Trans Pennine Trail

The Trans Pennine Trail is a fantastic long-distance route which links the North and Irish seas. It was voted the most popular route on the National Cycle Network. It passes through the Pennines, alongside rivers and canals and through historic towns and cities in the North of England.

The Trans Pennine Trail is a fantastic long-distance route linking the North and Irish seas, passing through the Pennines, alongside rivers and canals and through some of the most historic towns and cities in the North of England. The Trans Pennine Trail was voted the most popular route on the National Cycle Network.

The route can be completed in one go or broken down into shorter sections. There are three main sections to the Trans Pennine Trail: West, Central and East.

Trans Pennine Trail West is 96 miles long and travels from Southport to Barnsley. The route travels south-east through Liverpool before turning east and following the River Mersey through Widnes and on through Warrington, Sale and Stockport before beginning to ascend the Pennines through Hyde and Hadfield.

The trail continues to climb along the dramatic and rugged Longdendale Valley in the Peak District National Park, ending at its highest point on Woodhead Pass. A swift descent to the market town of Penistone follows and then you head to the halfway point at RSPB Old Moor.

Trans Pennine Trail Central is 76 miles in total. This section runs from Leeds to Chesterfield, starting by the royal armouries in the centre of Leeds. You travel alongside the Aire & Calder Navigation before skirting Wakefield and continuing south. There are a number of route choices through Sheffield and Rotherham before the trail heads to its southern-most point at Chesterfield.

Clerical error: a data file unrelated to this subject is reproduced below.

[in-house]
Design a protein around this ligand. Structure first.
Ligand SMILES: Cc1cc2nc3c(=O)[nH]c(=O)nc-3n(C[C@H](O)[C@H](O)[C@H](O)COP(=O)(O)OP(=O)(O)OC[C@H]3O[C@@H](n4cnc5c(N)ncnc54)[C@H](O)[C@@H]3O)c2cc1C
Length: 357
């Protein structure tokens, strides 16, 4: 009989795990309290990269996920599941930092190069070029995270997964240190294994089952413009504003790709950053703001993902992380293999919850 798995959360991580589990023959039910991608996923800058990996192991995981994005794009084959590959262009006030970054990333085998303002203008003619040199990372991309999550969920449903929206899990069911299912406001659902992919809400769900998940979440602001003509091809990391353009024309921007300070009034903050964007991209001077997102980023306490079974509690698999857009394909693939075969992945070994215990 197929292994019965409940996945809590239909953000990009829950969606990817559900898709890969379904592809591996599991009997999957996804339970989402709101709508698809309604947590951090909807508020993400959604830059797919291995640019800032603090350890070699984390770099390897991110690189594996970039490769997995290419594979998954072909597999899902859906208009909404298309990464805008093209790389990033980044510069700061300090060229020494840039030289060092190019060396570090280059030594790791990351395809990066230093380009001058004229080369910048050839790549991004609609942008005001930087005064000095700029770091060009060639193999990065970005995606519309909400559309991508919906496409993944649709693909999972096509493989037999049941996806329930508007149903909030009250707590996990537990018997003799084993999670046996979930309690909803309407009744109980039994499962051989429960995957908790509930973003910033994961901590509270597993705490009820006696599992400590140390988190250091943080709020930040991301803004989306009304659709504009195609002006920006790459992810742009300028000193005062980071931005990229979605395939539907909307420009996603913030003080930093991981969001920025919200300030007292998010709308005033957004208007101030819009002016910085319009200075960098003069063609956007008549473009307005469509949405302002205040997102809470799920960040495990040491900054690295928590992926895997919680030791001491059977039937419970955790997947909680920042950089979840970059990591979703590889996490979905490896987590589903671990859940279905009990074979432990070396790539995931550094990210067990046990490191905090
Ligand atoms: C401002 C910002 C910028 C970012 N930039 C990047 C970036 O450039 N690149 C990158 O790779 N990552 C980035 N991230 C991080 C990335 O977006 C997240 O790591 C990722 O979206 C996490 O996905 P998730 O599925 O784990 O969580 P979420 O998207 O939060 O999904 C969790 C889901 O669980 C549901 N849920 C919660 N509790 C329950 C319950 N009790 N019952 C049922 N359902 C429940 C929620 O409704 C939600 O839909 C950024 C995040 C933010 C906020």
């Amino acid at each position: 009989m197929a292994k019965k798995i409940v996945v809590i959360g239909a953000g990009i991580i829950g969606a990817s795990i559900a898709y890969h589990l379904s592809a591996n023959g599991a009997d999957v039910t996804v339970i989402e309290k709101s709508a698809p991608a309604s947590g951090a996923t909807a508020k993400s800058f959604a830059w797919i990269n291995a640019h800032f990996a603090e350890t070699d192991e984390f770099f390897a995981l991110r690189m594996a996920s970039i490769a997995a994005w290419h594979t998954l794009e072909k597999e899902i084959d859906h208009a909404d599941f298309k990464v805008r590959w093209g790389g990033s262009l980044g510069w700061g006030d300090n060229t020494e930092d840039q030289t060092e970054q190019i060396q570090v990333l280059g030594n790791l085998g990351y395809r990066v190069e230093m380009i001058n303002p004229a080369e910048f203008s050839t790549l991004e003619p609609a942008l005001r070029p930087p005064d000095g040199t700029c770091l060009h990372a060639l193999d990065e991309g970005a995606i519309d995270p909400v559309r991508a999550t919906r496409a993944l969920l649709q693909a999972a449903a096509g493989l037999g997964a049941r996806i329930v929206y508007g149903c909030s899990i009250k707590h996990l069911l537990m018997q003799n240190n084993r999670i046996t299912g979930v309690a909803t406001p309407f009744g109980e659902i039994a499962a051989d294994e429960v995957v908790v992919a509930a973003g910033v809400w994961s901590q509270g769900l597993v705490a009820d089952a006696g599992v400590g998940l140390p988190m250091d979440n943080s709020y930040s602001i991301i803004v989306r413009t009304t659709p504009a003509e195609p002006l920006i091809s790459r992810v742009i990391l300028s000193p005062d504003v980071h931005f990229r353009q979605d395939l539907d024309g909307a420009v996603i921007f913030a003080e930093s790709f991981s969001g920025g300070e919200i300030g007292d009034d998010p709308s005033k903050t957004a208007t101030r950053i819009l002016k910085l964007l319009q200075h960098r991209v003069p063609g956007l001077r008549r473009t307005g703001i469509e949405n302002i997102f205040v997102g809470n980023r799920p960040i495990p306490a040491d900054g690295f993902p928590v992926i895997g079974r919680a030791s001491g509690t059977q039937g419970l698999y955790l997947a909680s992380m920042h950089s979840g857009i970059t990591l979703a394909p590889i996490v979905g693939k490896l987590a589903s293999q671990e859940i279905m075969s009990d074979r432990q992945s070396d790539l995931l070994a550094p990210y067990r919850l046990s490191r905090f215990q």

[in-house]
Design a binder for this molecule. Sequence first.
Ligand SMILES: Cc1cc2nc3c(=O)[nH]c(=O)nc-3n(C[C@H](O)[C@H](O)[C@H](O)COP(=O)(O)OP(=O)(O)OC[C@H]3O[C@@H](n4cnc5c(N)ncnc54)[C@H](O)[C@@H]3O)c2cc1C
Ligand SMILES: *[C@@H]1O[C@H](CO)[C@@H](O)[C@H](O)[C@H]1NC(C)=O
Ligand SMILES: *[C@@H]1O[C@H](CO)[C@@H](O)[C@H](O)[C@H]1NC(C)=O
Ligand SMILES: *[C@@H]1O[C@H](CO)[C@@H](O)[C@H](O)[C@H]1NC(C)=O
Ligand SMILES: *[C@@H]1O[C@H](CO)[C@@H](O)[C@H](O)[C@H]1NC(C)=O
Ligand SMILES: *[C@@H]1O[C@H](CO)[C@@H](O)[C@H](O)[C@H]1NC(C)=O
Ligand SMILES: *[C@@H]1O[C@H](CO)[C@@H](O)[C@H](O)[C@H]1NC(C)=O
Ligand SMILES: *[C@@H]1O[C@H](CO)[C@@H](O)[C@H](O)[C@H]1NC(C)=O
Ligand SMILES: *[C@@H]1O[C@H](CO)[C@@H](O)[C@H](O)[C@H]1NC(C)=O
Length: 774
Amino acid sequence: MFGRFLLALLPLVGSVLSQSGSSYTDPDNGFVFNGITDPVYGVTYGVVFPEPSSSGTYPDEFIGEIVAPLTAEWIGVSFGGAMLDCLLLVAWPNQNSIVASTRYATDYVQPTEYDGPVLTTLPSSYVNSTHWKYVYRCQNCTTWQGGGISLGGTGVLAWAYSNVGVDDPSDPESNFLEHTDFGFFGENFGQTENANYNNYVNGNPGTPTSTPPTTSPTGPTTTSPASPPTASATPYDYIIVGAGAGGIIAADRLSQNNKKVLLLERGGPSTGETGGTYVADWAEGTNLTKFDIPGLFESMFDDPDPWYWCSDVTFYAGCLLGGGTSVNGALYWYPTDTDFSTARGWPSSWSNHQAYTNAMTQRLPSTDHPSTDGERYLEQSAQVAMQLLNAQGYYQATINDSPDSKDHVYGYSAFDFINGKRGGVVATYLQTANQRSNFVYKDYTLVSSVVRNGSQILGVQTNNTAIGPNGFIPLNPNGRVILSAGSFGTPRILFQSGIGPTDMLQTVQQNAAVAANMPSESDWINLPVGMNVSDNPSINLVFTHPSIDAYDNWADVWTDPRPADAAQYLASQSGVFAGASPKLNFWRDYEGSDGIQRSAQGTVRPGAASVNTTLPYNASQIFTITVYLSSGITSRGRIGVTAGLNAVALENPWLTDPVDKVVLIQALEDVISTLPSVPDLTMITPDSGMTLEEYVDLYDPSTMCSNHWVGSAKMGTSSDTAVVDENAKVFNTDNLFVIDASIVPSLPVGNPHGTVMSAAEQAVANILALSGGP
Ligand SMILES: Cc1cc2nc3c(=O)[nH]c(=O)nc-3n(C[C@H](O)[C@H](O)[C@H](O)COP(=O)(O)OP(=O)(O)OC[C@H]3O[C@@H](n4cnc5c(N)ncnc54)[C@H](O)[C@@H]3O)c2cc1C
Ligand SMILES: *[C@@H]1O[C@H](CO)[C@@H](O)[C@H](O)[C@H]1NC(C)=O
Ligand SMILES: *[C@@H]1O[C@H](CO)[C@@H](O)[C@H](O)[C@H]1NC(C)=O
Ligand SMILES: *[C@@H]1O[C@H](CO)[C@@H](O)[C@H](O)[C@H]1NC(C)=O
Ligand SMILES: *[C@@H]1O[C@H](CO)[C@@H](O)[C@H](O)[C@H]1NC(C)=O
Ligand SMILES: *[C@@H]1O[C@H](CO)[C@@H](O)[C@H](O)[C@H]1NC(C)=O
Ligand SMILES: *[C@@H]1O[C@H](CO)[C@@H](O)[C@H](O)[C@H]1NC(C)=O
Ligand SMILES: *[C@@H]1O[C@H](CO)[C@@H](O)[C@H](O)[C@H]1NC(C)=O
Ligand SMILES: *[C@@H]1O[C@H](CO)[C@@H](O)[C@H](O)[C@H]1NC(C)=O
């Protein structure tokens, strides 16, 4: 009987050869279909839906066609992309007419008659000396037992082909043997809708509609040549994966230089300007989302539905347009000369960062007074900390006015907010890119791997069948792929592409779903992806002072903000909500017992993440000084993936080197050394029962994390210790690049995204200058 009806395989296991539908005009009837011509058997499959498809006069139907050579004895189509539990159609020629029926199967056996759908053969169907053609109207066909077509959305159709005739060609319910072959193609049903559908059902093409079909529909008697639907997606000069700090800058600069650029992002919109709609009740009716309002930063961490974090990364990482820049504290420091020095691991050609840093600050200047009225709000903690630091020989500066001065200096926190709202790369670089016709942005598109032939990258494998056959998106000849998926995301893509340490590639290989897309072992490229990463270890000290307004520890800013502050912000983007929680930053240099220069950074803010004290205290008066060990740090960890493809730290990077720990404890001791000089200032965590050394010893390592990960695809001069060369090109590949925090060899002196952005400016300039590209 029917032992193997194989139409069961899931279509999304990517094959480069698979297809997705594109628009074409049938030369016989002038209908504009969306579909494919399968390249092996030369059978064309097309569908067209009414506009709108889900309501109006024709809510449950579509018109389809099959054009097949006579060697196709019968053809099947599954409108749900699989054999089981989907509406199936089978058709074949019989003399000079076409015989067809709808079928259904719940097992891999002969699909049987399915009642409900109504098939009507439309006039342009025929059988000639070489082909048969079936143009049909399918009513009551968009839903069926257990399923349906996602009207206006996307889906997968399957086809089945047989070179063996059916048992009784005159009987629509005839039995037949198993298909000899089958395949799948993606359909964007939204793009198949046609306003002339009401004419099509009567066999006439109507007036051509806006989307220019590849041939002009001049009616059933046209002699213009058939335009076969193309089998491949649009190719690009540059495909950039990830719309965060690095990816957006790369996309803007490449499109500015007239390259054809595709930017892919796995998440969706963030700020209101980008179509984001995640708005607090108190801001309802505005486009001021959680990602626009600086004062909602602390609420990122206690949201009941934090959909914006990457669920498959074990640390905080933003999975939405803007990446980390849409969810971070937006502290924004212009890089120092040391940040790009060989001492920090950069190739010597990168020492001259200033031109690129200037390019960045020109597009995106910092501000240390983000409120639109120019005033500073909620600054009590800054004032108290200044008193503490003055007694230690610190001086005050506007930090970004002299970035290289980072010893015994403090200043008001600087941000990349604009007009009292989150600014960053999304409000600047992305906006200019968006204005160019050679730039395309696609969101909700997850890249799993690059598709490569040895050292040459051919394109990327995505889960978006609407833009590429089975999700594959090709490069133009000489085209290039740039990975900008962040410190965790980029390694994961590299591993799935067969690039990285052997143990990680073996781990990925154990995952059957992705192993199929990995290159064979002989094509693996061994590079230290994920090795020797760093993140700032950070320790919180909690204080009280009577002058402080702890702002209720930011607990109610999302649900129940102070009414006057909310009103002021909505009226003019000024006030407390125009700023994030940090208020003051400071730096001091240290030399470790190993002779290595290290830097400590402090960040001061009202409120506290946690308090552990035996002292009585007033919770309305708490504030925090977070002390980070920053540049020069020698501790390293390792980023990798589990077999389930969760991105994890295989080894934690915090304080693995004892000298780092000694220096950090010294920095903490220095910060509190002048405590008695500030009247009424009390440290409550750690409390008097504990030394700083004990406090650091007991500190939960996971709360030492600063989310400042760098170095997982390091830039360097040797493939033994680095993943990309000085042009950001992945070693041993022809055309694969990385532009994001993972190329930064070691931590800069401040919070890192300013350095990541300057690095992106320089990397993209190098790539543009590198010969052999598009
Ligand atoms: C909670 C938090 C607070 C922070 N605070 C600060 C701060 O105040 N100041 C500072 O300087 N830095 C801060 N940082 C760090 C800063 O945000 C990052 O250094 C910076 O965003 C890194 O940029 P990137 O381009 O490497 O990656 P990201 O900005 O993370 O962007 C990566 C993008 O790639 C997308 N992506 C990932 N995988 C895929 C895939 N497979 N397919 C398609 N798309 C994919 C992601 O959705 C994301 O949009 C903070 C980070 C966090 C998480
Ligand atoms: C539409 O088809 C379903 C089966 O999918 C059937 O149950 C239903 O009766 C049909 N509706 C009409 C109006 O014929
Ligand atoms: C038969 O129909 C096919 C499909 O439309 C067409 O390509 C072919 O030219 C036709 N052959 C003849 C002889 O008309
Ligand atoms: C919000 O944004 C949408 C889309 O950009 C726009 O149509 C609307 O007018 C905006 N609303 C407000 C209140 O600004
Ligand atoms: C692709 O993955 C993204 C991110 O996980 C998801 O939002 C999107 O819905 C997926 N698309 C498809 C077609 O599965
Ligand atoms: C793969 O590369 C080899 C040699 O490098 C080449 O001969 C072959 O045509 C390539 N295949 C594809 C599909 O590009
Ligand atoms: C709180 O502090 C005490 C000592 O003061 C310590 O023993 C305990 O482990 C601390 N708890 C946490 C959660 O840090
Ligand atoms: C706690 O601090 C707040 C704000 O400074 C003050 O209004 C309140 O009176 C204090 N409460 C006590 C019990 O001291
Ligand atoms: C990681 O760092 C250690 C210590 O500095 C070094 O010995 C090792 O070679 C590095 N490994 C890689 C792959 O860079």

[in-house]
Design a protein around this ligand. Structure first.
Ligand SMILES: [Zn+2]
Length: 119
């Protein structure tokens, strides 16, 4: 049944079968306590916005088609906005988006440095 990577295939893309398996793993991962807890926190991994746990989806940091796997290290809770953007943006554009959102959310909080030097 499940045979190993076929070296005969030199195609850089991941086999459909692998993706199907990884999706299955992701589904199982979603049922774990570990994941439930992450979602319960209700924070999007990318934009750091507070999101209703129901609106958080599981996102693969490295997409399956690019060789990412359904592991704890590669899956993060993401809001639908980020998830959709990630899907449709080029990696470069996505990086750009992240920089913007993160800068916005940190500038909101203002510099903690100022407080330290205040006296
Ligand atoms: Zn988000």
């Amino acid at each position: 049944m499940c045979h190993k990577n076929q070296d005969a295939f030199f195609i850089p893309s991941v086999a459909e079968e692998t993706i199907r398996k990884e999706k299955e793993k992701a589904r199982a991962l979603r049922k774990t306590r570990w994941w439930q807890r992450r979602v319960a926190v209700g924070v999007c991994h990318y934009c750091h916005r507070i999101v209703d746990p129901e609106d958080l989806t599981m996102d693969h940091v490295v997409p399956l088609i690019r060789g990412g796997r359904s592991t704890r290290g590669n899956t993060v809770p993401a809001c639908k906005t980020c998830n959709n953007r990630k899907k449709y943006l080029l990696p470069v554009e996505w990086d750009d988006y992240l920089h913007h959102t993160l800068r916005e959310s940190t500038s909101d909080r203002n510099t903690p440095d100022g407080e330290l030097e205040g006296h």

Trans Pennine Trail East is 88 miles, York to Selby is an extra 15 miles. Travelling between Barnsley to Hornsea, you set out from RSPB Old Moor Barnsley, through the Dearne Valley before reaching the River Don at Doncaster. The route turns north here via quiet lanes and alongside the New Junction Canal to Selby.

At Selby, an extension of the route continues north to the historic city of York (adding an extra 15 miles to this section), while the main trail swings east following parallel to the rivers Ouse and Humber. After passing through the foothills of the Yorkshire Wolds, the Trans Pennine Trail reaches Kingston upon Hull and then continues on to the eastern terminus at the seaside town of Hornsea on the North Sea coast.

The Trans Pennine Trail is an exciting and challenging adventure for long-distance cycle tourers or bikepackers. However, there are also some shorter sections which are ideal for families. If you want to enjoy a shorter, easier section of the route we would recommend the following stretches - the Liverpool Loopline, Penistone to Dunford Bridge, Garforth to Woodlesford and the Hornsea Rail Trail.

 

Visit the Trans Pennine Trail website

Please note

We have taken all responsible steps to ensure that these routes are safe and achievable by people with a reasonable level of fitness. However, all outdoor activities involve a degree of risk. To the extent permitted by law, Sustrans accepts no responsibility for any accidents or injury resulting from following these routes. Walking and cycling routes change over time. Weather conditions may also affect path surfaces. Please use your own judgement when using the routes based upon the weather and the ability, experience and confidence levels of those in your group.

To make sure everyone gets the most out of their time by the water, please ensure that you follow the Towpath Code.

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